K.R. and I broke up as a result of this move. Maybe, I was mourning the loss of my independence, my loss of control, brief as that control lasted. I guess it came down to my feelings of inadequacy, and my low self-worth only fueled my inability to handle a relationship at that time. By the end of March, I was fired from the printing business where I was working, partly because I had missed so much work due to the hospitalization and partly because I had no transportation due to bizarre circumstances. S.W.’s house was in a very rural setting, not on a bus route. Even though I had a car at the time, shortly after I returned to work at the printing business (after the hospitalization), I somehow lost my car keys. A few days after I was fired, a neighbor from down the road showed up at our house, higher than a kite on something, and returned my car keys to me. Apparently, I had dropped my keys in the driveway where she said she “found” them a week earlier. At least, that was the final story we got out of her. She must have changed it 5 or 6 times while she stood there talking to S.W. and me.
S.W.’s house quickly turned into a party house. All of her high school friends came there to drink and get high and do whatever else they pleased. I realized very quickly that this was a very bad situation for me to be in due to the constant access to a self-harmer’s smorgasbord of choices. To make matters worse, I found a job working part-time at a little hole-in-the-wall beer bar. Normally, I don’t claim this job at all because not only was I working under-the-table for a boss who threatened to use this fact against me; but a lot of things happened while working there that I still can’t discuss. So many things happened in the short time I lived with S.W., about 5 months total. I found myself slipping further and further into chaos again. For the first time in my life, I began using drugs and alcohol to cope with my emotions in addition to the psychiatric medication I was on. I sporadically used alcohol during my marriage for this purpose, but nothing like the summer of 2002. S.W. ended up dropping out of high school. I felt so ashamed that I couldn’t prevent this. By the time I had enough and decided to move out, I pleaded with her father to do something to help her. Thankfully, he agreed that this wasn’t working for her and moved her to Virginia with him.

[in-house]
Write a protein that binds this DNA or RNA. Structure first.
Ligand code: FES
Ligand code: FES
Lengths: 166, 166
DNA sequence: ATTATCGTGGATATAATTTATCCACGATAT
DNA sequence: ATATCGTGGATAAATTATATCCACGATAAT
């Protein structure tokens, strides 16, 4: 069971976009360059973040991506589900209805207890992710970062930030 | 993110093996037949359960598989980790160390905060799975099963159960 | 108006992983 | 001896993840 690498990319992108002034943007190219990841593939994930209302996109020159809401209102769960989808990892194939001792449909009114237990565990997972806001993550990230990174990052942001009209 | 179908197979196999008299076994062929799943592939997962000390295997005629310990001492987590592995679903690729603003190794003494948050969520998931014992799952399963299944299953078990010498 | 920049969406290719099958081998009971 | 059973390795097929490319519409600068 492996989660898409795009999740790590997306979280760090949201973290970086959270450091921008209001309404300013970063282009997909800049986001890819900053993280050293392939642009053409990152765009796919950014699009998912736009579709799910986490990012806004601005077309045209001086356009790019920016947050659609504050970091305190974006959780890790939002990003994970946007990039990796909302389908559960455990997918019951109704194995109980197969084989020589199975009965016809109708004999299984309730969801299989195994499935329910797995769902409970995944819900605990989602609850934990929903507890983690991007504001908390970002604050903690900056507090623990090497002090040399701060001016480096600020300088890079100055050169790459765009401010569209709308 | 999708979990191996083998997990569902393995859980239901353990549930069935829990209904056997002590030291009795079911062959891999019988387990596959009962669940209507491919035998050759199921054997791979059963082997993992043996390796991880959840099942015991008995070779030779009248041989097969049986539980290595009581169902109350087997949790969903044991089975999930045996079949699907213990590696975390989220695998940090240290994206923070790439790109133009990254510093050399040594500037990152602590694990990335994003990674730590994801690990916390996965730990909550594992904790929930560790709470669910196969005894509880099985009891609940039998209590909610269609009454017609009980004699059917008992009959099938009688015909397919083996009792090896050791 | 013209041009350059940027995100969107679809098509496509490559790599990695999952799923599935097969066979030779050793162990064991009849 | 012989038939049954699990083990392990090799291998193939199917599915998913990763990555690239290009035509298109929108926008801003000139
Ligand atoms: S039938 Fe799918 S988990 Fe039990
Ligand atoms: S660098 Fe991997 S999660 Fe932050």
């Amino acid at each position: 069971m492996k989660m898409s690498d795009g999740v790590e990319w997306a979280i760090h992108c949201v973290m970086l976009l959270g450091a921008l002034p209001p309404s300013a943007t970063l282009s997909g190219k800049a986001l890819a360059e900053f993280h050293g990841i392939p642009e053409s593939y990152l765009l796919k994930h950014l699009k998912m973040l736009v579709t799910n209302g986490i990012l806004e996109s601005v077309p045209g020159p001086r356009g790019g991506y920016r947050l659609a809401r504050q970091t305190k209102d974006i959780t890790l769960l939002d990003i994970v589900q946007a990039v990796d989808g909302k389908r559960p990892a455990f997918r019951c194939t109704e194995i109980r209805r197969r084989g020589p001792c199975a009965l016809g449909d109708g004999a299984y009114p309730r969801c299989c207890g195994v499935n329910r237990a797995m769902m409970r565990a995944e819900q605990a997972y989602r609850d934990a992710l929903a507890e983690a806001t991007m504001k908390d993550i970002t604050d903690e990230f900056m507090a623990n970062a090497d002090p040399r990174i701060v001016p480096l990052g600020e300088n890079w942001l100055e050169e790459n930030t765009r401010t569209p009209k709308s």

In August, I moved into a small house on my own, but found I couldn’t afford the rent after I quit working at the beer bar. I had used part of my student loans to cover my living expenses, but there just wasn’t enough to survive. By October, I began dating a guy who I will call P.I. (named solely for his profession at the time). I met him at the bar where I worked. We had only gone out a few times when he offered me a place to stay. It was a kind of weird, messed up relationship from the beginning. Oddly enough, a friend and I caught him spying on us right outside my kitchen window one night prior to my moving in with him. I suppose I should have cut off contact with him at that point, but I was desperate again. After only a couple of months living with him, I realized that he was an alcoholic. I guess you could call him a functional alcoholic, not a mean alcoholic; but he drank up all his money (beer mostly). And he mostly blamed me for never having any money.
I struggled to continue going to my classes; but by this point the stress was too much to handle. I shut down, and I never finished my degree.